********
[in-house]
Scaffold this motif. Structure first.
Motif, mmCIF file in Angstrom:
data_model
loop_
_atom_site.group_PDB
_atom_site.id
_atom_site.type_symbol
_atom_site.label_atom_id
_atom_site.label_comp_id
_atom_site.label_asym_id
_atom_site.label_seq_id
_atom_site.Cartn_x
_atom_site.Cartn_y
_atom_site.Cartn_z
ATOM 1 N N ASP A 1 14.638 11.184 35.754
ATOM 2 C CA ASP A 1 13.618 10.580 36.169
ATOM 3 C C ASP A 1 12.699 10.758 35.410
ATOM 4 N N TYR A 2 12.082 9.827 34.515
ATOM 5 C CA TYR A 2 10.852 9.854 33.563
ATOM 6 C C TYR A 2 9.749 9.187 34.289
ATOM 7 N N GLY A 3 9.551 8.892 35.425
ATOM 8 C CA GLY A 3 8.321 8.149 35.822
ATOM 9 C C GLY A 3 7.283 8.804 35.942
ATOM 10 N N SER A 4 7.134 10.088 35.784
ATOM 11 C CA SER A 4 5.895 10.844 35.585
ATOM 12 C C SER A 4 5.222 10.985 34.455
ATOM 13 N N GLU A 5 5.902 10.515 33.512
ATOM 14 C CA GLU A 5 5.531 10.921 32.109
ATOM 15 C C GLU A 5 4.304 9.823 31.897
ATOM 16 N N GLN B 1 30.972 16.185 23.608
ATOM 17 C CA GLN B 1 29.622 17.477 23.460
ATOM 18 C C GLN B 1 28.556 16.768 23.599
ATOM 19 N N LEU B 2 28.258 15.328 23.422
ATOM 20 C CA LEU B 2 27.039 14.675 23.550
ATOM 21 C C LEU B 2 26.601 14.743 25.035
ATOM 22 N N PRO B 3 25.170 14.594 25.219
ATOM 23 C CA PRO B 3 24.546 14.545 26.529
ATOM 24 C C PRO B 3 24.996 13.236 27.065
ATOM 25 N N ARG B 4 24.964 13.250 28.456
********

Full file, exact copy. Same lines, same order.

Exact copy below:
[in-house]
Scaffold this motif. Structure first.
Motif, mmCIF file in Angstrom:
data_model
loop_
_atom_site.group_PDB
_atom_site.id
_atom_site.type_symbol
_atom_site.label_atom_id
_atom_site.label_comp_id
_atom_site.label_asym_id
_atom_site.label_seq_id
_atom_site.Cartn_x
_atom_site.Cartn_y
_atom_site.Cartn_z
ATOM 1 N N ASP A 1 14.638 11.184 35.754
ATOM 2 C CA ASP A 1 13.618 10.580 36.169
ATOM 3 C C ASP A 1 12.699 10.758 35.410
ATOM 4 N N TYR A 2 12.082 9.827 34.515
ATOM 5 C CA TYR A 2 10.852 9.854 33.563
ATOM 6 C C TYR A 2 9.749 9.187 34.289
ATOM 7 N N GLY A 3 9.551 8.892 35.425
ATOM 8 C CA GLY A 3 8.321 8.149 35.822
ATOM 9 C C GLY A 3 7.283 8.804 35.942
ATOM 10 N N SER A 4 7.134 10.088 35.784
ATOM 11 C CA SER A 4 5.895 10.844 35.585
ATOM 12 C C SER A 4 5.222 10.985 34.455
ATOM 13 N N GLU A 5 5.902 10.515 33.512
ATOM 14 C CA GLU A 5 5.531 10.921 32.109
ATOM 15 C C GLU A 5 4.304 9.823 31.897
ATOM 16 N N GLN B 1 30.972 16.185 23.608
ATOM 17 C CA GLN B 1 29.622 17.477 23.460
ATOM 18 C C GLN B 1 28.556 16.768 23.599
ATOM 19 N N LEU B 2 28.258 15.328 23.422
ATOM 20 C CA LEU B 2 27.039 14.675 23.550
ATOM 21 C C LEU B 2 26.601 14.743 25.035
ATOM 22 N N PRO B 3 25.170 14.594 25.219
ATOM 23 C CA PRO B 3 24.546 14.545 26.529
ATOM 24 C C PRO B 3 24.996 13.236 27.065
ATOM 25 N N ARG B 4 24.964 13.250 28.456